Nebraska Gov. Dave Heineman (R) proposed growing his state's economy, making over public education and further streamlining state government in his state of the state address Jan. 14, just two months after he and the Legislature budget-cut their way out of a $335 million deficit.
"We acted quickly and decisively. We resolved this financial challenge by reducing spending, not by increasing taxes," Heineman told the unicameral, officially non-partisan but Republican-controlled, Legislature. "As a result, we are positioned to continue moving Nebraska forward. My focus for the coming year is to prepare our state to take advantage of new opportunities."
Three years after slashing taxes — a move Heineman touted as allowing Nebraska to drop more than 10 spots on the Tax Foundation's most-taxed-states list — the governor, who is running for reelection, said he would pursue further tax cuts, as well as spending cuts since revenues continue to slide.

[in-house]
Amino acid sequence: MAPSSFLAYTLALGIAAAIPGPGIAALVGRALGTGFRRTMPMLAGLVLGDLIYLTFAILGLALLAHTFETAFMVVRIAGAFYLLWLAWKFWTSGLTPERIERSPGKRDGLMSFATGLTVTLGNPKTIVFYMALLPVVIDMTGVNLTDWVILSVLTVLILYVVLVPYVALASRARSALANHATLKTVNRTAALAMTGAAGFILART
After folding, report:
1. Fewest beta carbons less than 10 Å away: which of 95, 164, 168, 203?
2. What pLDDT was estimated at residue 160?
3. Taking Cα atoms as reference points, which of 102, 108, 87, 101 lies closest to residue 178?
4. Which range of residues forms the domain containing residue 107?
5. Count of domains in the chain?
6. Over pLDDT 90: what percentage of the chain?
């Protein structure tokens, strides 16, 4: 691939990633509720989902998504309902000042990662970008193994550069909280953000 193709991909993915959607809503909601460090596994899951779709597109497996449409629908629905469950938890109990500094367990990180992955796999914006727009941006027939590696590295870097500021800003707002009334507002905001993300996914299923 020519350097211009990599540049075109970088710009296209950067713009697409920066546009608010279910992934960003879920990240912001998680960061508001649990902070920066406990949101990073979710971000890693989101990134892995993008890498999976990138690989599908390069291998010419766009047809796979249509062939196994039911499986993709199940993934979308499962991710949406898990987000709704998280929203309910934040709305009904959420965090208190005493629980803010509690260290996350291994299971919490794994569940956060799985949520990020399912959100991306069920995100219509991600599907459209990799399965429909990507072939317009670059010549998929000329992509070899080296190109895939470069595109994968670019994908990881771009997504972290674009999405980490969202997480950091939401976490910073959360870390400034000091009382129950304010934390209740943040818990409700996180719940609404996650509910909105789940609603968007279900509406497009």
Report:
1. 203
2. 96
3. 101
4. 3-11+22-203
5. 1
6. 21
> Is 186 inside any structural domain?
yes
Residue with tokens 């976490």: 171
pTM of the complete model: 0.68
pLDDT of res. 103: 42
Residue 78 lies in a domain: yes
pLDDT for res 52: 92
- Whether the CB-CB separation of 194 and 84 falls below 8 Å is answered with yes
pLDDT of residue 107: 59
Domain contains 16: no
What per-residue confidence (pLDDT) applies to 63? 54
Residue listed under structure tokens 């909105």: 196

"It will be critical that we solve any additional revenue shortfalls by remaining committed to reducing spending," he said. "Preventing any future tax increases is crucial to continuing Nebraska's economic progress. Tax increases are job-killers, not job-creators." As part of Nebraska's Race to the Top application for competitive federal education dollars, Heineman proposed a new "Virtual High School " that would offer a wide range of rigorous, advanced classes to supplement the classroom.
" Imagine students spending more time in a virtual classroom between the hours of 3:30 p.m. and 8:30 p.m.," Heineman said, "and less time on the streets involved in drug and gang activities."